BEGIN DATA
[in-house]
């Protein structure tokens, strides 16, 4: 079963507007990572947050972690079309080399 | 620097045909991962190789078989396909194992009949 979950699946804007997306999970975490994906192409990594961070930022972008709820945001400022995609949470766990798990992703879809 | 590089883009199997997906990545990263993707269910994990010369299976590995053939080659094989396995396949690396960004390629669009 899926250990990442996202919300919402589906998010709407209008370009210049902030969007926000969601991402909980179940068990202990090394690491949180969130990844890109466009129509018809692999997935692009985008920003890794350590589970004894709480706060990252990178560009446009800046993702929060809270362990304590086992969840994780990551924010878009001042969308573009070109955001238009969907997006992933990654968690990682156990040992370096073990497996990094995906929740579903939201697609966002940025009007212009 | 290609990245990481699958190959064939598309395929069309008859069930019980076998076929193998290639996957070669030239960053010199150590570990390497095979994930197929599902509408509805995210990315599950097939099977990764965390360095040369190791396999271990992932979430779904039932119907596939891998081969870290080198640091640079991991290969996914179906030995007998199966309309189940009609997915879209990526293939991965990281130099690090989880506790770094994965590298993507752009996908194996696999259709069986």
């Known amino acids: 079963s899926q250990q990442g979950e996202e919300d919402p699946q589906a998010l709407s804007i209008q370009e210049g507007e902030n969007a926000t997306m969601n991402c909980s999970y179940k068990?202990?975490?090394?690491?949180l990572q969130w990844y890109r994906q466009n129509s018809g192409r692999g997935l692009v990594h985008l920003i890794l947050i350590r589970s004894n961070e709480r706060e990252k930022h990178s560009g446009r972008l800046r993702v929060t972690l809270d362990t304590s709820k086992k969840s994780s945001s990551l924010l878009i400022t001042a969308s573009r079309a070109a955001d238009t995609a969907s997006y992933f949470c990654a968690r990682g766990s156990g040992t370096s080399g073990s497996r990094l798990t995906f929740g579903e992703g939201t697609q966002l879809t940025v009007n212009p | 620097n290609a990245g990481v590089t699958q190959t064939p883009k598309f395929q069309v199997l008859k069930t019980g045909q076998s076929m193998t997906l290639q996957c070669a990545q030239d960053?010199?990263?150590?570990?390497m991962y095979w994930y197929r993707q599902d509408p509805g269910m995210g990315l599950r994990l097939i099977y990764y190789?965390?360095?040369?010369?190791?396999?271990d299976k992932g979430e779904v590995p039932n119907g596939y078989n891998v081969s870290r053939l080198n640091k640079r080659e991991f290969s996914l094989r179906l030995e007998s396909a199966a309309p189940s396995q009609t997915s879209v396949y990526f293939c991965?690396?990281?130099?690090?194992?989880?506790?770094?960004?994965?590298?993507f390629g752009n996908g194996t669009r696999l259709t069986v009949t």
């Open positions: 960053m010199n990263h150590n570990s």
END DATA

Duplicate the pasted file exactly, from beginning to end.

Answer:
[in-house]
């Protein structure tokens, strides 16, 4: 079963507007990572947050972690079309080399 | 620097045909991962190789078989396909194992009949 979950699946804007997306999970975490994906192409990594961070930022972008709820945001400022995609949470766990798990992703879809 | 590089883009199997997906990545990263993707269910994990010369299976590995053939080659094989396995396949690396960004390629669009 899926250990990442996202919300919402589906998010709407209008370009210049902030969007926000969601991402909980179940068990202990090394690491949180969130990844890109466009129509018809692999997935692009985008920003890794350590589970004894709480706060990252990178560009446009800046993702929060809270362990304590086992969840994780990551924010878009001042969308573009070109955001238009969907997006992933990654968690990682156990040992370096073990497996990094995906929740579903939201697609966002940025009007212009 | 290609990245990481699958190959064939598309395929069309008859069930019980076998076929193998290639996957070669030239960053010199150590570990390497095979994930197929599902509408509805995210990315599950097939099977990764965390360095040369190791396999271990992932979430779904039932119907596939891998081969870290080198640091640079991991290969996914179906030995007998199966309309189940009609997915879209990526293939991965990281130099690090989880506790770094994965590298993507752009996908194996696999259709069986």
């Known amino acids: 079963s899926q250990q990442g979950e996202e919300d919402p699946q589906a998010l709407s804007i209008q370009e210049g507007e902030n969007a926000t997306m969601n991402c909980s999970y179940k068990?202990?975490?090394?690491?949180l990572q969130w990844y890109r994906q466009n129509s018809g192409r692999g997935l692009v990594h985008l920003i890794l947050i350590r589970s004894n961070e709480r706060e990252k930022h990178s560009g446009r972008l800046r993702v929060t972690l809270d362990t304590s709820k086992k969840s994780s945001s990551l924010l878009i400022t001042a969308s573009r079309a070109a955001d238009t995609a969907s997006y992933f949470c990654a968690r990682g766990s156990g040992t370096s080399g073990s497996r990094l798990t995906f929740g579903e992703g939201t697609q966002l879809t940025v009007n212009p | 620097n290609a990245g990481v590089t699958q190959t064939p883009k598309f395929q069309v199997l008859k069930t019980g045909q076998s076929m193998t997906l290639q996957c070669a990545q030239d960053?010199?990263?150590?570990?390497m991962y095979w994930y197929r993707q599902d509408p509805g269910m995210g990315l599950r994990l097939i099977y990764y190789?965390?360095?040369?010369?190791?396999?271990d299976k992932g979430e779904v590995p039932n119907g596939y078989n891998v081969s870290r053939l080198n640091k640079r080659e991991f290969s996914l094989r179906l030995e007998s396909a199966a309309p189940s396995q009609t997915s879209v396949y990526f293939c991965?690396?990281?130099?690090?194992?989880?506790?770094?960004?994965?590298?993507f390629g752009n996908g194996t669009r696999l259709t069986v009949t």
């Open positions: 960053m010199n990263h150590n570990s």